Powers WJ, Rabinstein AA, Ackerson T, Adeoye OM, Bambakidis NC, Becker K, Biller J, Brown M, Demaerschalk BM, Hoh B, Jauch EC, Kidwell CS, Leslie-Mazwi TM, Ovbiagele B, Scott PA, Sheth KN, Southerland AM, Summers DV, Tirschwell DL. Guidelines for the Early Management of Patients With Acute Ischemic Stroke: 2019 Update to the 2018 Guidelines for the Early Management of Acute Ischemic Stroke: A Guideline for Healthcare Professionals From the American Heart Association/American Stroke Association. Stroke. 2019 Dec:50(12):e344-e418. doi: 10.1161/STR.0000000000000211. Epub 2019 Oct 30     [PubMed PMID: 31662037]


Zhang Z, Xi L, Zhang S, Zhang Y, Fan G, Tao X, Gao Q, Xie W, Yang P, Zhai Z, Wang C. Tenecteplase in Pulmonary Embolism Patients: A Meta-Analysis and Systematic Review. Frontiers in medicine. 2022:9():860565. doi: 10.3389/fmed.2022.860565. Epub 2022 Mar 31     [PubMed PMID: 35433747]

Level 1 (high-level) evidence


Igneri LA, Hammer JM. Systemic Thrombolytic Therapy for Massive and Submassive Pulmonary Embolism. Journal of pharmacy practice. 2020 Feb:33(1):74-89. doi: 10.1177/0897190018767769. Epub 2018 Apr 19     [PubMed PMID: 29673293]


Meyer G, Vicaut E, Danays T, Agnelli G, Becattini C, Beyer-Westendorf J, Bluhmki E, Bouvaist H, Brenner B, Couturaud F, Dellas C, Empen K, Franca A, Galiè N, Geibel A, Goldhaber SZ, Jimenez D, Kozak M, Kupatt C, Kucher N, Lang IM, Lankeit M, Meneveau N, Pacouret G, Palazzini M, Petris A, Pruszczyk P, Rugolotto M, Salvi A, Schellong S, Sebbane M, Sobkowicz B, Stefanovic BS, Thiele H, Torbicki A, Verschuren F, Konstantinides SV, PEITHO Investigators. Fibrinolysis for patients with intermediate-risk pulmonary embolism. The New England journal of medicine. 2014 Apr 10:370(15):1402-11. doi: 10.1056/NEJMoa1302097. Epub     [PubMed PMID: 24716681]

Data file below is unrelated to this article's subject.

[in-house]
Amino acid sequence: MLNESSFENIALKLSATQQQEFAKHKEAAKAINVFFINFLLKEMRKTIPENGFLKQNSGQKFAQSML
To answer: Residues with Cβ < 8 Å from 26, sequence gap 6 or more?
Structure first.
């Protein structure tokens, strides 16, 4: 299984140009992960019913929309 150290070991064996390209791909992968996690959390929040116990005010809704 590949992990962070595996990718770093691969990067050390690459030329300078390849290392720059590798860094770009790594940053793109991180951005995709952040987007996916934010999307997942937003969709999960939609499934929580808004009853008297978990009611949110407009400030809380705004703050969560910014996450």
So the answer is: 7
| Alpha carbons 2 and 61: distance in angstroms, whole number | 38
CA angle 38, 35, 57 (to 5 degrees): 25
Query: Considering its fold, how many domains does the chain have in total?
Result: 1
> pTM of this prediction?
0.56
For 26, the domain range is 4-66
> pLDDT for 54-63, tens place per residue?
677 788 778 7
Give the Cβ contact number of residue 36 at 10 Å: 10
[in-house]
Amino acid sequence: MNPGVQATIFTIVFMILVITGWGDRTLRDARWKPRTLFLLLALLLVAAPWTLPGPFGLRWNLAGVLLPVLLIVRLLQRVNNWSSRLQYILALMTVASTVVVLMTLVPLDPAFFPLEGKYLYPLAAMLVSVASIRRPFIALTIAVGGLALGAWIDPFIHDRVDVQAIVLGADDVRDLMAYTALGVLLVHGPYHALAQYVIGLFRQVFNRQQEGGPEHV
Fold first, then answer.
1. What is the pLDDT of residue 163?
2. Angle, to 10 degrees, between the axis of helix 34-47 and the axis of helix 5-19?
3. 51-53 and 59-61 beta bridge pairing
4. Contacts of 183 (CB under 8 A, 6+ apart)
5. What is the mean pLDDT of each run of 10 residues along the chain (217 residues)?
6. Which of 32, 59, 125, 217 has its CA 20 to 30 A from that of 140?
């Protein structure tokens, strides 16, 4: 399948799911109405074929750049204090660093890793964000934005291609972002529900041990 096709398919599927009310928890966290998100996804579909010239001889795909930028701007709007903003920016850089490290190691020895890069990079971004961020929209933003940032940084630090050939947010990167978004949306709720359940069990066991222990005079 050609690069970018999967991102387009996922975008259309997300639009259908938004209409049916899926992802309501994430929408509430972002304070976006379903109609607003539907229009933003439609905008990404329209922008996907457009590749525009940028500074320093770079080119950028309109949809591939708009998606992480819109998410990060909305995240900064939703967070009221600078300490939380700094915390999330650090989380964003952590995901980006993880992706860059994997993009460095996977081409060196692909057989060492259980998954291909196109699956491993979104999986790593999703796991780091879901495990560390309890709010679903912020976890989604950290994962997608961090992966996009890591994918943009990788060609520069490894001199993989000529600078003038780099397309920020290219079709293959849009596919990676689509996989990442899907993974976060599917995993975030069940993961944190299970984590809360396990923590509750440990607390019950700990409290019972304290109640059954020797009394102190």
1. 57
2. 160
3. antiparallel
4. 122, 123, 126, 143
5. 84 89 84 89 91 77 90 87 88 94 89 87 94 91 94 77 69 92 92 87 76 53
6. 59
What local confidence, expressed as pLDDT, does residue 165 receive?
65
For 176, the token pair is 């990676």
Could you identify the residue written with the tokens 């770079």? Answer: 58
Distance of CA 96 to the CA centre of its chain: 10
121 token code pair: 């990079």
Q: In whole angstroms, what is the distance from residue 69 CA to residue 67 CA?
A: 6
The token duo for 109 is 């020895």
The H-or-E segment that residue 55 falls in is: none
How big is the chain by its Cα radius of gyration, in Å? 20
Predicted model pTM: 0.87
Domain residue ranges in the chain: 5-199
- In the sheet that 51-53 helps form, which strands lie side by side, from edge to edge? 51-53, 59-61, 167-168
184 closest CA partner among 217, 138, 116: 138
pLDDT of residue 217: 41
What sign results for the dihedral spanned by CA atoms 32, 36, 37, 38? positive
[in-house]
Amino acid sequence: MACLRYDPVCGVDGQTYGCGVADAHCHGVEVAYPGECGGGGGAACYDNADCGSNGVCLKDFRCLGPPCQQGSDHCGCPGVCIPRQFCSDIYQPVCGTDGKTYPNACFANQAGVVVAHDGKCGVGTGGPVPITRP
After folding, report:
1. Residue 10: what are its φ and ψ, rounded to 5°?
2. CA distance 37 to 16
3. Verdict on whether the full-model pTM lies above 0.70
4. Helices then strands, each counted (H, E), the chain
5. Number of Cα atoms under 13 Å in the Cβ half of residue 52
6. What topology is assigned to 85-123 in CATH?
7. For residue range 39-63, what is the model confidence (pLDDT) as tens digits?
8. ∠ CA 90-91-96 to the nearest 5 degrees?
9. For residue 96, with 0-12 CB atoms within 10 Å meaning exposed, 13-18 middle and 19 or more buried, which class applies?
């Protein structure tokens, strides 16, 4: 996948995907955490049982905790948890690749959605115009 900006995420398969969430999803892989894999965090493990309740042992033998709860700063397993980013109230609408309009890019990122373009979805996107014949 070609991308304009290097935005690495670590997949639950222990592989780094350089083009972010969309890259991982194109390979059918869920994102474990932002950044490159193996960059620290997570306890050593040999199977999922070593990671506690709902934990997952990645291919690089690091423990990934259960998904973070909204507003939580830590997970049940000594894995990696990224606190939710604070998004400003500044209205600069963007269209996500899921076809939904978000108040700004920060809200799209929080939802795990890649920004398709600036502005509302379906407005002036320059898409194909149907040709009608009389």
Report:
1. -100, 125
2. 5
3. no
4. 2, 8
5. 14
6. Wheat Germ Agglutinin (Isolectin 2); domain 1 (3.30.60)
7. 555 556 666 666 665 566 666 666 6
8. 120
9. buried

Warach SJ, Dula AN, Milling TJ Jr. Tenecteplase Thrombolysis for Acute Ischemic Stroke. Stroke. 2020 Nov:51(11):3440-3451. doi: 10.1161/STROKEAHA.120.029749. Epub 2020 Oct 13     [PubMed PMID: 33045929]


Fugate JE, Rabinstein AA. Absolute and Relative Contraindications to IV rt-PA for Acute Ischemic Stroke. The Neurohospitalist. 2015 Jul:5(3):110-21. doi: 10.1177/1941874415578532. Epub     [PubMed PMID: 26288669]


Gartman EJ. The use of thrombolytic therapy in pregnancy. Obstetric medicine. 2013 Sep:6(3):105-111     [PubMed PMID: 27708701]


Mehta RH, Alexander JH, Van de Werf F, Armstrong PW, Pieper KS, Garg J, Califf RM, Granger CB. Relationship of incorrect dosing of fibrinolytic therapy and clinical outcomes. JAMA. 2005 Apr 13:293(14):1746-50     [PubMed PMID: 15827313]

Level 2 (mid-level) evidence